Japanese beetle grubs can be controlled for years with milky spore, a disease that is specific to the Japanese beetle grub. Milky spore is an effective organic control because it is not a poison, it is specific to Japanese beetle grubs, and it does not present a threat to groundwater or human health. Follow the instructions on the package, and apply it when the soil is warm, over 55 degrees. It can take a couple of years for milky spore to become fully established and control the grubs. It is worthwhile, because the spores can lay dormant in your soil for years after that, and prevent future infestations. Milky spore is only effective against Japanese beetle grubs; milky spore will not affect other grubs. Identification therefore, is helpful. If you collect a grub or adult beetle, you can then contact the cooperative extension to help with identification, or you can compare it yourself to photos.
Many types of grubs, and other soil dwelling insect pests including chinch bug and webworm, can be controlled with beneficial nematodes. Nematodes are fast acting, but can be very delicate so they must be applied carefully, be sure to follow all instructions. The best time to apply nematodes to control grubs is in from the middle of August to the middle of September, when grubs are still young and small. Do not apply nematodes in direct sun or heat of the day. Water your lawn before and after application (the soil should be moist).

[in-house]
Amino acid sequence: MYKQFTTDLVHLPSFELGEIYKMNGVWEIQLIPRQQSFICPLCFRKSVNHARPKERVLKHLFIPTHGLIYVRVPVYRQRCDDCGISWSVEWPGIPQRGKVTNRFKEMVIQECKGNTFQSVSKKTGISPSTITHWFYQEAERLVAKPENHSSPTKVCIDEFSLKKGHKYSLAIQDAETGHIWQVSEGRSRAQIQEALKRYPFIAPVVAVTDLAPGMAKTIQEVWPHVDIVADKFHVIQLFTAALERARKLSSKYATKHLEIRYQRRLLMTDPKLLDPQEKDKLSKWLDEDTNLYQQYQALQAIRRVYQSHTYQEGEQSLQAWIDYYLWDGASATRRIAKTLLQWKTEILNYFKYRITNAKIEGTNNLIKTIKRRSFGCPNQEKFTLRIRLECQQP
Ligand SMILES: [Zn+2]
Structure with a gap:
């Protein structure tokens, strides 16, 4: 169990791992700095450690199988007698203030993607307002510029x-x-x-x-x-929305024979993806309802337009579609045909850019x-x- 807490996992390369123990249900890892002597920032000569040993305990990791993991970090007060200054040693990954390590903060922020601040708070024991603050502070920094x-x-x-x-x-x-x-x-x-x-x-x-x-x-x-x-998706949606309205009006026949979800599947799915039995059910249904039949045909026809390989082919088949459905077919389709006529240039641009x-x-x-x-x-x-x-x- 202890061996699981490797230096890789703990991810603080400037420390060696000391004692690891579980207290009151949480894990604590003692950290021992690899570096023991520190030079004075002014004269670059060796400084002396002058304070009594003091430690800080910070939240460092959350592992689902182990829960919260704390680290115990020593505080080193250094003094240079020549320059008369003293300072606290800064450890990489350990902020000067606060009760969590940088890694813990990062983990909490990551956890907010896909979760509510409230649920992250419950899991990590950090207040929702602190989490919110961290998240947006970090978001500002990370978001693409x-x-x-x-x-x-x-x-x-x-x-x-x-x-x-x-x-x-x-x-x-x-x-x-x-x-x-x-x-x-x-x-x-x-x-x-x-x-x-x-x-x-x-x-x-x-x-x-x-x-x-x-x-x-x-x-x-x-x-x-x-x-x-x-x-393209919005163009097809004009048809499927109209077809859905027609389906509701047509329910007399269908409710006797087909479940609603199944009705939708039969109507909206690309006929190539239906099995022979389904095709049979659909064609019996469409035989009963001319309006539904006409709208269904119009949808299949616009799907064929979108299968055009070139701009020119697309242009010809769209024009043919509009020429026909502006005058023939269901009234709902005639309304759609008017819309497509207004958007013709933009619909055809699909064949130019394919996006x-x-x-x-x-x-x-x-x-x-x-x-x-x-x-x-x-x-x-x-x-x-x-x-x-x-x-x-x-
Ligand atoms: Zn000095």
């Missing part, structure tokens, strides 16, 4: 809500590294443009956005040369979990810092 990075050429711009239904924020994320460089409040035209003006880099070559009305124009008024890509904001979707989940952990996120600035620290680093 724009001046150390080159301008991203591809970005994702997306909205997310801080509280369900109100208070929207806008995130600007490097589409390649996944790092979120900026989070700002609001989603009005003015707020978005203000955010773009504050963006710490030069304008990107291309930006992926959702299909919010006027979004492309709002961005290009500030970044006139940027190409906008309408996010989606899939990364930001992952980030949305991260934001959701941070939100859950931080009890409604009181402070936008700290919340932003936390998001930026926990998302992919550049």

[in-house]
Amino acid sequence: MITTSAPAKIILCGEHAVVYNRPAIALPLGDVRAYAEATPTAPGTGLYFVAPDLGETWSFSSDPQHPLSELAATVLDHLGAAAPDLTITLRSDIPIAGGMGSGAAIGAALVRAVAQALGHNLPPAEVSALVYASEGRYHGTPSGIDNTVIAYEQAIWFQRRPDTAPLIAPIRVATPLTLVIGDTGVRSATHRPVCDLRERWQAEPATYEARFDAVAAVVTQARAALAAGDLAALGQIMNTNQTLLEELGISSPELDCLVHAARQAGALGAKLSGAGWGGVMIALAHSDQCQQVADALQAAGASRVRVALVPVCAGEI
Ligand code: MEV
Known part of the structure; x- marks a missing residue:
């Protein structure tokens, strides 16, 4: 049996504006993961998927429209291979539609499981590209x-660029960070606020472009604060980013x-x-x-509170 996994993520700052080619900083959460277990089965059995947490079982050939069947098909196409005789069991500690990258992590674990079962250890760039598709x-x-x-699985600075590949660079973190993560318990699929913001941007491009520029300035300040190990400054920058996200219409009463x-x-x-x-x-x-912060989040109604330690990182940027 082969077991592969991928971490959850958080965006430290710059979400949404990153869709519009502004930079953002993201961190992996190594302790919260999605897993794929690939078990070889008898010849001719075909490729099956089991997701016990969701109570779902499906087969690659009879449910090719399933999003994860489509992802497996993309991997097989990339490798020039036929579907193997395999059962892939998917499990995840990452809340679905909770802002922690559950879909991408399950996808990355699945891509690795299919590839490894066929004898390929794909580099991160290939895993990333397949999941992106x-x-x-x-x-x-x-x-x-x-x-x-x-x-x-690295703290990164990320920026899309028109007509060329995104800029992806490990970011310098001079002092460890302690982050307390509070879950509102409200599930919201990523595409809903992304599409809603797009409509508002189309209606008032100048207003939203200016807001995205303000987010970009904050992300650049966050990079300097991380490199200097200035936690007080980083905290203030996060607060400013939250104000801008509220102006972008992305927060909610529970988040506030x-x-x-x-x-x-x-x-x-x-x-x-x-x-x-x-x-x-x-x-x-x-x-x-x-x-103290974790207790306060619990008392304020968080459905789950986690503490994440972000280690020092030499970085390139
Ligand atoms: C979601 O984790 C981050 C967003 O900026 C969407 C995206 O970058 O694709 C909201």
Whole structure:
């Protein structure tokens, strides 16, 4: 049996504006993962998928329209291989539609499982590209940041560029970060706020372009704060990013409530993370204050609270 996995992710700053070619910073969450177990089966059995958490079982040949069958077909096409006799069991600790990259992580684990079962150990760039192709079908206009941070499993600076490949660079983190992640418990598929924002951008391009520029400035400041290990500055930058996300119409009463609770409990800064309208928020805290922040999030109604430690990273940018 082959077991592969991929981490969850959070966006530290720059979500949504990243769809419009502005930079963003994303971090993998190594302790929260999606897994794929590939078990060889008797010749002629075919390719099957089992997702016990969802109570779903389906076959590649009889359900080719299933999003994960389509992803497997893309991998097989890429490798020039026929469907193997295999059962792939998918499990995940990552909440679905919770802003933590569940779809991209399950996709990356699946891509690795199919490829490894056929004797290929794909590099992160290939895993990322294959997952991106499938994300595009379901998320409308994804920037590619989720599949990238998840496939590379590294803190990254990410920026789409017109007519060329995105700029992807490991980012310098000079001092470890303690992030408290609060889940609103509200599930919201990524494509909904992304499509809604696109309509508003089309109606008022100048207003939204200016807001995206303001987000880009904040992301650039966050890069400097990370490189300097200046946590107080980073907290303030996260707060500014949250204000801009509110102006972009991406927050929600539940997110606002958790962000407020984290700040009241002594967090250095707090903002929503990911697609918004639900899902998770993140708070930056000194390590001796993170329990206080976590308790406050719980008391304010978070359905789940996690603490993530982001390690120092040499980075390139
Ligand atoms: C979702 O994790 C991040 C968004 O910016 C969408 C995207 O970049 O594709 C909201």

Organic controls for other lawn and yard insect pests:
Bt (bacillus thuringiensis) is a bacteria that controls caterpillar pests, including sod webworm. It has become a very common control used by organic farmers, and even golf course superintendents.
Insecticidal soaps (potassium salts of fatty acids), which disrupt cell membranes of insects, are particularly effective against soft-bodied insects and mites.
Vegetable-based horticultural oil kills mites, scales, and soft-bodied insects on trees, vegetables, and ornamental plants. Be sure to look for vegetable based oils (like canola oil) not petroleum.
- Link to Cornell Cooperative Extension of Suffolk's Horticulture Diagnostic Lab (Instructions for submitting samples under "Insect Identification Submission Form")
- A Grub's Life: Egg to Beetle (Cornell Cooperative Extension)
- White Grub Management in TurfGrass
- Northeast Organic Farming Association - Organic Land Care "Lawns: An Organic Approach to Grubs"
- Grub Damage? Try Beneficial Nematodes
- Beetle Identification from Maine State Government
Long Island Organic Landscapers
Although it's easy for the average homeowner to maintain their lawn organically, some may too busy and wish to hire a professional. In that case there are thousands of landscapers on Long Island to choose from, but only a small but growing number of experts who can maintain your lawn and landscape without the use of chemical pesticides. They can be found here.